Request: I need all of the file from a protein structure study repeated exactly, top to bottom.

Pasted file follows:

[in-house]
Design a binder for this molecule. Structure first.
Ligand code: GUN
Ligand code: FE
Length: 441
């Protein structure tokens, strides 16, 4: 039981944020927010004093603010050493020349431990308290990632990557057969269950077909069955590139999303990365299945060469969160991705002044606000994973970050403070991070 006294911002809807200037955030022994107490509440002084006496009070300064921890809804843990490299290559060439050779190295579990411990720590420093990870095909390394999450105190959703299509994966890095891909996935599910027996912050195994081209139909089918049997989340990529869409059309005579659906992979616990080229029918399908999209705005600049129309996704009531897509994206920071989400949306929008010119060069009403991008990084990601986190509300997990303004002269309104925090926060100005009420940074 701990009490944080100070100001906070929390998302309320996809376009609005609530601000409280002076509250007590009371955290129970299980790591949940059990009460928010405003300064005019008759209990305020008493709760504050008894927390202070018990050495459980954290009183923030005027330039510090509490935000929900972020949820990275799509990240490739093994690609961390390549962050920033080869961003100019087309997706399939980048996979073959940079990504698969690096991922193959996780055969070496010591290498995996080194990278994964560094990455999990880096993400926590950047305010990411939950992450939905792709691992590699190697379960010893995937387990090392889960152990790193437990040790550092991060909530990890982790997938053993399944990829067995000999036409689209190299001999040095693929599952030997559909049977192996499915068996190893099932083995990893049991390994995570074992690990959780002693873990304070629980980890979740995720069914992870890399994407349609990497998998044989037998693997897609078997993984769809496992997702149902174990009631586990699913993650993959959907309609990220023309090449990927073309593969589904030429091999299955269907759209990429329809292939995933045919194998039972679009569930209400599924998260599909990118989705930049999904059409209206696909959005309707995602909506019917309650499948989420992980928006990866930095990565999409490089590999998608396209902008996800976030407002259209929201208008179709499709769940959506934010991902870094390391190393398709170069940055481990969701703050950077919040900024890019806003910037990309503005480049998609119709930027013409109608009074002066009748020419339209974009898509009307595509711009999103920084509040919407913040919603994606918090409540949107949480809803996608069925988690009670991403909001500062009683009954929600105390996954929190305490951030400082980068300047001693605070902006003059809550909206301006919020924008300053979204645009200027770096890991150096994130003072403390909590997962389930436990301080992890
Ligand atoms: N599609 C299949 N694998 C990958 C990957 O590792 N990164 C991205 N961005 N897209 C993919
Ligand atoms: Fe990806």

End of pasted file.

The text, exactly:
[in-house]
Design a binder for this molecule. Structure first.
Ligand code: GUN
Ligand code: FE
Length: 441
């Protein structure tokens, strides 16, 4: 039981944020927010004093603010050493020349431990308290990632990557057969269950077909069955590139999303990365299945060469969160991705002044606000994973970050403070991070 006294911002809807200037955030022994107490509440002084006496009070300064921890809804843990490299290559060439050779190295579990411990720590420093990870095909390394999450105190959703299509994966890095891909996935599910027996912050195994081209139909089918049997989340990529869409059309005579659906992979616990080229029918399908999209705005600049129309996704009531897509994206920071989400949306929008010119060069009403991008990084990601986190509300997990303004002269309104925090926060100005009420940074 701990009490944080100070100001906070929390998302309320996809376009609005609530601000409280002076509250007590009371955290129970299980790591949940059990009460928010405003300064005019008759209990305020008493709760504050008894927390202070018990050495459980954290009183923030005027330039510090509490935000929900972020949820990275799509990240490739093994690609961390390549962050920033080869961003100019087309997706399939980048996979073959940079990504698969690096991922193959996780055969070496010591290498995996080194990278994964560094990455999990880096993400926590950047305010990411939950992450939905792709691992590699190697379960010893995937387990090392889960152990790193437990040790550092991060909530990890982790997938053993399944990829067995000999036409689209190299001999040095693929599952030997559909049977192996499915068996190893099932083995990893049991390994995570074992690990959780002693873990304070629980980890979740995720069914992870890399994407349609990497998998044989037998693997897609078997993984769809496992997702149902174990009631586990699913993650993959959907309609990220023309090449990927073309593969589904030429091999299955269907759209990429329809292939995933045919194998039972679009569930209400599924998260599909990118989705930049999904059409209206696909959005309707995602909506019917309650499948989420992980928006990866930095990565999409490089590999998608396209902008996800976030407002259209929201208008179709499709769940959506934010991902870094390391190393398709170069940055481990969701703050950077919040900024890019806003910037990309503005480049998609119709930027013409109608009074002066009748020419339209974009898509009307595509711009999103920084509040919407913040919603994606918090409540949107949480809803996608069925988690009670991403909001500062009683009954929600105390996954929190305490951030400082980068300047001693605070902006003059809550909206301006919020924008300053979204645009200027770096890991150096994130003072403390909590997962389930436990301080992890
Ligand atoms: N599609 C299949 N694998 C990958 C990957 O590792 N990164 C991205 N961005 N897209 C993919
Ligand atoms: Fe990806």